On Friday, Barack Obama signed into law S2195, legislation introduced by Senator Ted Cruz (R-TX), which would prevent diplomats to the United Nations who have "been found to have been engaged in espionage activities or a terrorist activity." During the signing of the law, Obama said he would treat the law only as "advisory."

"Acts of espionage and terrorism against the United States and our allies are unquestionably problems of the utmost gravity, and I share the Congress's concern that individuals who have engaged in such activity may use the cover of diplomacy to gain access to our nation," Obama said.

"Nevertheless, as President [George H.W.] Bush also observed, 'curtailing by statute my constitutional discretion to receive or reject ambassadors is neither a permissible nor a practical solution,'" he continued. "I shall, therefore, continue to treat section 407, as originally enacted and as amended by S. 2195, as advisory in circumstances in which it would interfere with the exercise of this discretion."

The legislation came in the light of Iran's selection of Hamid Aboutalebi as part of Iran's UN delegation. Aboutalebi is said to have been a member of a Muslim student group, which held 52 Americans hostage for 444 days in the 1979 US Embassy seizure in Tehran under the failed presidency of Jimmy Carter.

Cruz stated on the Senate floor that the "nomination is a deliberate and unambiguous insult to the United States."

"This is not the moment for diplomatic niceties," he added.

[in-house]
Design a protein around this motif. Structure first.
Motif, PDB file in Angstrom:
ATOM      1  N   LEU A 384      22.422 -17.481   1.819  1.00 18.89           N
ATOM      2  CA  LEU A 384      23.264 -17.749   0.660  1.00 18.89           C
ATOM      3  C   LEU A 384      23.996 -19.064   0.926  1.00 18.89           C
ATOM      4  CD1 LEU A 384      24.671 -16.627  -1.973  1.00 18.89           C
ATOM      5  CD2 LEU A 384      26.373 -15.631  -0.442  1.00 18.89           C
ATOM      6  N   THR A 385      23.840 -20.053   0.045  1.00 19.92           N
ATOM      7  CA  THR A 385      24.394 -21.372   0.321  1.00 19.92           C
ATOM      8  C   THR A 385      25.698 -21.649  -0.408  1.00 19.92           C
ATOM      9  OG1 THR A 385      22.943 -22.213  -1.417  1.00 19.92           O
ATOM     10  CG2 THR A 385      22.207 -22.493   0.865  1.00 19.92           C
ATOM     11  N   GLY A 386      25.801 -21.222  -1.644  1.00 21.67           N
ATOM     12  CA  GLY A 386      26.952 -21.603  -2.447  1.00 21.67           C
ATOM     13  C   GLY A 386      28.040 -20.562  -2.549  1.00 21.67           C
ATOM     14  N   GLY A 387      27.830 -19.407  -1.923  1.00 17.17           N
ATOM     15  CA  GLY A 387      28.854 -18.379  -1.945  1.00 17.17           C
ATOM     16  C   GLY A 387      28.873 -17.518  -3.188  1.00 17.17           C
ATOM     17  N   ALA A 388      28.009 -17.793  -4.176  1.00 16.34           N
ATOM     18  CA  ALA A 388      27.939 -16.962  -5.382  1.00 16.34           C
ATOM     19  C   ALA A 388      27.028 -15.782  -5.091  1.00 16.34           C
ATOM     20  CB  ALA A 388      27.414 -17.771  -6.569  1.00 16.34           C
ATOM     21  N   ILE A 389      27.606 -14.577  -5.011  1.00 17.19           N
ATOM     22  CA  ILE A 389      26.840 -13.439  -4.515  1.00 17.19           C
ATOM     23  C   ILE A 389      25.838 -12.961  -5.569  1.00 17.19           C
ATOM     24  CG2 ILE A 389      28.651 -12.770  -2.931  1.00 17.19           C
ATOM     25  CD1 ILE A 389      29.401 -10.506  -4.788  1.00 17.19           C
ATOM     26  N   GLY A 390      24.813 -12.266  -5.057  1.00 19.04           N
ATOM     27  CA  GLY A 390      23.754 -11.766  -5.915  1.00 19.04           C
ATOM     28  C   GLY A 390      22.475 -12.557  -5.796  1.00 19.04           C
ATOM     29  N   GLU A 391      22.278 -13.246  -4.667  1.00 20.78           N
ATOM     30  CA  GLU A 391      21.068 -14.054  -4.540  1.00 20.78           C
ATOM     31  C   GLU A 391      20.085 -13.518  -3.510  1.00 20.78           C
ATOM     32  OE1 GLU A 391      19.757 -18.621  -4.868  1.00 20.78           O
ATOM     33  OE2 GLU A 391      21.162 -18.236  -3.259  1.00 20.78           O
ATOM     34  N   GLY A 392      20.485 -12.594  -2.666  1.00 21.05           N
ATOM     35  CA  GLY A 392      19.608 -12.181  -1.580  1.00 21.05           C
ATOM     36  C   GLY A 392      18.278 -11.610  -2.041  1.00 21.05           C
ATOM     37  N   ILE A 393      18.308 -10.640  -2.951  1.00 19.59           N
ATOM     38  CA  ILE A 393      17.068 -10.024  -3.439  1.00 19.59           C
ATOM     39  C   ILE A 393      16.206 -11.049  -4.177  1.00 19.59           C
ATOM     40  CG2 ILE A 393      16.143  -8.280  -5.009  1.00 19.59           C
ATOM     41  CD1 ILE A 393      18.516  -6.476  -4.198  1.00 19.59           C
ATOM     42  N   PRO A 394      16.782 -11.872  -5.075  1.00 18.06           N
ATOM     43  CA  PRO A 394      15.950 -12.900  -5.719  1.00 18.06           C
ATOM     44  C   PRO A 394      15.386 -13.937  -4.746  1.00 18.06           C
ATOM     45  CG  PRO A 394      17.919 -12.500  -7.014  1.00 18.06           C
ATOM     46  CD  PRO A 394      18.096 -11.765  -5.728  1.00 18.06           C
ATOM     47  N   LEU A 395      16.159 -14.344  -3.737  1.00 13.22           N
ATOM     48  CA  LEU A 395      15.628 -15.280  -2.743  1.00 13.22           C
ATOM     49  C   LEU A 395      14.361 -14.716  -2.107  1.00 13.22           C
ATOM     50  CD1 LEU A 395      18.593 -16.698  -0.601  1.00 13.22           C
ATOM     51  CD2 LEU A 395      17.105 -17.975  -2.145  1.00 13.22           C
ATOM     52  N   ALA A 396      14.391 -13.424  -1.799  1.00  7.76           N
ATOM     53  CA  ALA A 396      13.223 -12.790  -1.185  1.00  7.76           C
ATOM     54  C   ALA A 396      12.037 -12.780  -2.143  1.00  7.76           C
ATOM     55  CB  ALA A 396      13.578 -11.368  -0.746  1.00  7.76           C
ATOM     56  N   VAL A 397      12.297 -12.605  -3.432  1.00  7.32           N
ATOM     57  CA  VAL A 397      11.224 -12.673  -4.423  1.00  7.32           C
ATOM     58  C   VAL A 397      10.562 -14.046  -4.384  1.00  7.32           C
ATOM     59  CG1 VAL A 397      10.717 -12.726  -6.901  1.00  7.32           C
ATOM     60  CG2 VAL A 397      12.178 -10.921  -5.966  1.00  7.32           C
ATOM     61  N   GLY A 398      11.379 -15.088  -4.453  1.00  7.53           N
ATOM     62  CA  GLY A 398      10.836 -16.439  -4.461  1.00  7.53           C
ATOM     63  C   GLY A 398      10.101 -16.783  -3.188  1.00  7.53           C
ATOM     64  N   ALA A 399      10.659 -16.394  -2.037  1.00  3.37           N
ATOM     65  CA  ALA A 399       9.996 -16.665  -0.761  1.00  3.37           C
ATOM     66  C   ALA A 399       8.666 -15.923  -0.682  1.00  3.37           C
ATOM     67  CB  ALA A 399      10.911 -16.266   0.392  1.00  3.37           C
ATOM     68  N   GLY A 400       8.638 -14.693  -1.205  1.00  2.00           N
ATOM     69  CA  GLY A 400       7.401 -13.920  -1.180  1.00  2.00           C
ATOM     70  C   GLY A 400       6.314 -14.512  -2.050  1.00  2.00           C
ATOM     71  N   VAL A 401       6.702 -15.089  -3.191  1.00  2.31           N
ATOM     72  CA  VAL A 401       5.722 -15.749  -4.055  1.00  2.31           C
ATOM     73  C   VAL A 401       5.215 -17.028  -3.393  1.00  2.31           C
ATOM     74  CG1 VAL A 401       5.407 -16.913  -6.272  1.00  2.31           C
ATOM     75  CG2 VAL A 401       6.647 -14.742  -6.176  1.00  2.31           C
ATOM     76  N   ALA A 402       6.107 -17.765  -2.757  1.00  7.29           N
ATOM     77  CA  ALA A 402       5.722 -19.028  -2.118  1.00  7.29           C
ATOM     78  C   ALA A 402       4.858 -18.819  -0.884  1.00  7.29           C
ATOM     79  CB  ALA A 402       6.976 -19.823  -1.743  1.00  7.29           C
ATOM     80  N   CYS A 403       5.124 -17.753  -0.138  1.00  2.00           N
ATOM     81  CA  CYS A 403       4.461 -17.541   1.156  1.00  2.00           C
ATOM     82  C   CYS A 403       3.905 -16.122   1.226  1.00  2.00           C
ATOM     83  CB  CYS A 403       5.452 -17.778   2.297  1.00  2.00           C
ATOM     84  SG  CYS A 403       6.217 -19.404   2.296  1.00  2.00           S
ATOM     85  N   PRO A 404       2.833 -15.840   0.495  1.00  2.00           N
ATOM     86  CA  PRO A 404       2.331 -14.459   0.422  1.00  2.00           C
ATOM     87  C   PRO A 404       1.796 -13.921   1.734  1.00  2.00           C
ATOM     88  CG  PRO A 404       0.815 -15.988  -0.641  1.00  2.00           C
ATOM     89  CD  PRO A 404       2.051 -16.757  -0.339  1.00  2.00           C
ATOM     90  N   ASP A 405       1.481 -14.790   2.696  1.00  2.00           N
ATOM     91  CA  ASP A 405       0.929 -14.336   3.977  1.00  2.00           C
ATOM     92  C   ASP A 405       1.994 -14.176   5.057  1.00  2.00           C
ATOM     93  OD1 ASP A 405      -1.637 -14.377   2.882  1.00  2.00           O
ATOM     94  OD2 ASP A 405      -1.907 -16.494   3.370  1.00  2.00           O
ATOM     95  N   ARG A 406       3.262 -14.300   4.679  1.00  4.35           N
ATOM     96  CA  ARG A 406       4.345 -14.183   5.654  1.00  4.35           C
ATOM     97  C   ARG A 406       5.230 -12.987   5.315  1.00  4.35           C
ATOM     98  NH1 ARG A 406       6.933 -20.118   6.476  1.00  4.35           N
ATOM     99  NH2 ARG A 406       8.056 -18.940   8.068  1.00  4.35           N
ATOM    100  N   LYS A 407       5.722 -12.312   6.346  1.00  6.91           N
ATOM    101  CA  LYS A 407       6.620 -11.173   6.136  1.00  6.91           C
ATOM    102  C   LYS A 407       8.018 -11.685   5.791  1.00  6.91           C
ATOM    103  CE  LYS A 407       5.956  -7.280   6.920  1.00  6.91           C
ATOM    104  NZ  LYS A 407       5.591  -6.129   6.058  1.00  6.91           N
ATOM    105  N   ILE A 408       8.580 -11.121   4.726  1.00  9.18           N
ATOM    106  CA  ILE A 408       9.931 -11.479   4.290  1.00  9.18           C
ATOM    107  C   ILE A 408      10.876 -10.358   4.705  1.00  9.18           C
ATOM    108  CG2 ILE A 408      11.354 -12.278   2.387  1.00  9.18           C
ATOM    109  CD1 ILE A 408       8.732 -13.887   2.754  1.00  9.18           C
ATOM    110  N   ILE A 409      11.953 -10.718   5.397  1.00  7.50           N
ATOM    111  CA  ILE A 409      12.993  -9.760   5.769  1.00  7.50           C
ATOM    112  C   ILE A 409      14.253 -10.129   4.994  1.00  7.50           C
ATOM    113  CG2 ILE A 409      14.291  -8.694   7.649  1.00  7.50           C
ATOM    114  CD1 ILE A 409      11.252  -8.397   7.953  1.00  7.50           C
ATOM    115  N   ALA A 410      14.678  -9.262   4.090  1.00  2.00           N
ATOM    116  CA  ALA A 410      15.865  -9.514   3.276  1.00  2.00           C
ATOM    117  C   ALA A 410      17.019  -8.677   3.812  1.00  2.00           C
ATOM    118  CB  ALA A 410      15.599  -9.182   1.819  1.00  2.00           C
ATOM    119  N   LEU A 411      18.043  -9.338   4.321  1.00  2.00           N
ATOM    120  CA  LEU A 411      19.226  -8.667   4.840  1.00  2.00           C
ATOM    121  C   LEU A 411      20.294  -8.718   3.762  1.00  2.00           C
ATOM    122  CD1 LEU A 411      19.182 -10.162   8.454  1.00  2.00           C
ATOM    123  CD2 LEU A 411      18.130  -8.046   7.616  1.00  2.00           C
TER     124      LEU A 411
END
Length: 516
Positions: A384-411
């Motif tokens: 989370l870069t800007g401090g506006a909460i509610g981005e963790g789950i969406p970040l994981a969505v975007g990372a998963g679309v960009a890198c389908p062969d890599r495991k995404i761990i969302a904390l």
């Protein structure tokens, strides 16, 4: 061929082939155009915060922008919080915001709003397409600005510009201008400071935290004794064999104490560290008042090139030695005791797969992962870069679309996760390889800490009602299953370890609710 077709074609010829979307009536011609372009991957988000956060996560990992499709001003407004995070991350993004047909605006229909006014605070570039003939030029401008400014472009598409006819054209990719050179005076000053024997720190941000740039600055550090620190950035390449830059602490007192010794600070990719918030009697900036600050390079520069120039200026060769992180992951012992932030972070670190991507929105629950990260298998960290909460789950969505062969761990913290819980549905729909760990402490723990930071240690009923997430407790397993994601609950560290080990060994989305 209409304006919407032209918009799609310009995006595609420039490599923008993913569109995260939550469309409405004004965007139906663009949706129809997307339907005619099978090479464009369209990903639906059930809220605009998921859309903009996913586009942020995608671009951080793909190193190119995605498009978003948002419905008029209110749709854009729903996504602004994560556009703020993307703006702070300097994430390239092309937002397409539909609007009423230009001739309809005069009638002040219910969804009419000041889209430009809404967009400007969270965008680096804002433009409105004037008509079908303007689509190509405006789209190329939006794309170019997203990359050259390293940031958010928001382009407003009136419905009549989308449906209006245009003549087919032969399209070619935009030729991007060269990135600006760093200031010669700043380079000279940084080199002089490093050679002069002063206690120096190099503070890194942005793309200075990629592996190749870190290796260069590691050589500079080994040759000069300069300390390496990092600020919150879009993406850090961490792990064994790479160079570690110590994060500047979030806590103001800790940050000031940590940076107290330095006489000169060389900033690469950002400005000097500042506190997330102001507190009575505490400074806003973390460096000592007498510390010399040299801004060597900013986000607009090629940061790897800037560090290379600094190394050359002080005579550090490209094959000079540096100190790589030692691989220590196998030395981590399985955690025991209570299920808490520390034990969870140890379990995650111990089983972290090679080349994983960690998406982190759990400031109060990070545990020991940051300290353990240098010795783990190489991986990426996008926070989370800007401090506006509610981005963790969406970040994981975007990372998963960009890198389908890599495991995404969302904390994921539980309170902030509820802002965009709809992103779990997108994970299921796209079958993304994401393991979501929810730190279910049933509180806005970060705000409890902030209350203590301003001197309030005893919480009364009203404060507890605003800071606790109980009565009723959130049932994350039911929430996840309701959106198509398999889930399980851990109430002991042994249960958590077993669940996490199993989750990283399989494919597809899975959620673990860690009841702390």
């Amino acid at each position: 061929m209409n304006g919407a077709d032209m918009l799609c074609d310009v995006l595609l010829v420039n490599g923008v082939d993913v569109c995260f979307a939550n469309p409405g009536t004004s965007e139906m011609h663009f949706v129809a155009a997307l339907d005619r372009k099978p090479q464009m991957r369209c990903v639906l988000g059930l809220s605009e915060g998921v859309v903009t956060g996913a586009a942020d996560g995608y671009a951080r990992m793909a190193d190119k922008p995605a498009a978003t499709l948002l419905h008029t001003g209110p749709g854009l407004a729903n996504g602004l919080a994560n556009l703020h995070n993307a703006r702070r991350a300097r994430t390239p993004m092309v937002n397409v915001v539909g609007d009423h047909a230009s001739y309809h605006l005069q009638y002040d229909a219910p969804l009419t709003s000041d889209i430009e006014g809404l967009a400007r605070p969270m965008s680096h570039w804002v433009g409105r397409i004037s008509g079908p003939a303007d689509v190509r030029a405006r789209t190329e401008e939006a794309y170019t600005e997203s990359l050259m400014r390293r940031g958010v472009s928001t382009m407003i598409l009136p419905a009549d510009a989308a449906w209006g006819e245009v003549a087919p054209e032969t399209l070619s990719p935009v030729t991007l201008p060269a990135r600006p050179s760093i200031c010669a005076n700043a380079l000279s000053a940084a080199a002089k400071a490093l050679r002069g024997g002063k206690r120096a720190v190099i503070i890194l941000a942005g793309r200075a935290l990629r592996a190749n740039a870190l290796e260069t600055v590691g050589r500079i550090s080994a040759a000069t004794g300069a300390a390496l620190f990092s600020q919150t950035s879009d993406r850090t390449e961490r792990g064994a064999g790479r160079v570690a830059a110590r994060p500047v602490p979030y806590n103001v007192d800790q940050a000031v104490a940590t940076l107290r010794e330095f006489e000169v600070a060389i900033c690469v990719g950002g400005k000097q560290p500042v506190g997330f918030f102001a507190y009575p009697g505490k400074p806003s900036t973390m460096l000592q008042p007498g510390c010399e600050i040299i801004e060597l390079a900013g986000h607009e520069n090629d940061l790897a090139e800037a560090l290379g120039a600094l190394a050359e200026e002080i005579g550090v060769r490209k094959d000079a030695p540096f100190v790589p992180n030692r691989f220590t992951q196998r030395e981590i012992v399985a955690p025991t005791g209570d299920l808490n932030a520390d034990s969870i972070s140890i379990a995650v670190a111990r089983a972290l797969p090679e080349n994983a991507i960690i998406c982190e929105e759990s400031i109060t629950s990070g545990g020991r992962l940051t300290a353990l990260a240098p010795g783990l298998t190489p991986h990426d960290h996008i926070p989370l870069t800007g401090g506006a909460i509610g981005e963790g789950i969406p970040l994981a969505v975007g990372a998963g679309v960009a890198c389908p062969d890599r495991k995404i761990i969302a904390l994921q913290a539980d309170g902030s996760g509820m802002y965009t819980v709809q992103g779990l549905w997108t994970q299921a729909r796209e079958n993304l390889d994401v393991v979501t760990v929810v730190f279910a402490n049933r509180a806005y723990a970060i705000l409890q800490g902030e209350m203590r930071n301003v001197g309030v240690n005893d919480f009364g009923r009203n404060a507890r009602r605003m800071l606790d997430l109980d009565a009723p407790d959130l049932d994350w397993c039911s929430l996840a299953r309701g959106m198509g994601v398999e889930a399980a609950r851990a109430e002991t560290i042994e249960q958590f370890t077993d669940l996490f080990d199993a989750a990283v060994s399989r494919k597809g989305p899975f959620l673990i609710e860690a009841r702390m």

"We see this kind of offensive behavior for what it is, and we will not tolerate it," he concluded.

White House spokesman Jay Carney said on Friday the UN and Iran had been told "that we will not issue a visa to Mr. Aboutalebi."

Cruz's legislation received overwhelming support from both sides of the aisle. Following Obama's signature, Cruz tweeted out:

The tweet followed Obama's signing and statement calling the law "advisory."

Apparently, Iran is dismissing the law entirely, claiming that they will take up the issue with the United Nations directly.

"We do not have a replacement for Mr. Abutalebi and we will pursue the matter via legal mechanisms anticipated in the United Nations," Abbas Araghchi, a senior Foreign Ministry official and top nuclear negotiator, was quoted by Iran's official IRNA news agency as saying.

Aboutalebi has claimed that he was not part of the group that took over the US embassy and was only later asked to translate for the students.

It is believed that this would be the first time the US has denied a visa for a UN ambassador. As a result, it has caused concern among diplomats that a dangerous precedent could be set.

Well, that's too bad for them. This is our country, not theirs. They don't make our laws. They are not entrusted with our national security. We are. So as far as this writer is concerned they can be concerned as much as they want. I'm more concerned with a man who claims that the law is only an advisory. That makes him more dangerous than any Iranian who took American hostages.

Barack Obama continues making a mockery of the law. Calling law "advisory" is to say, "I can take it or leave it; obey it or disregard it."

Does anyone want to guess that Obama will seriously enforce this law? I'm guessing not, especially in light of the fact that Iranian born Valerie Jarrett is the one pulling the strings in the Oval Office. The push to get Trey Gowdy to become chief counsel and lead the effort to prosecute corrupt politicians needs to be advanced to deal with men like Obama who do not take the law seriously.

 

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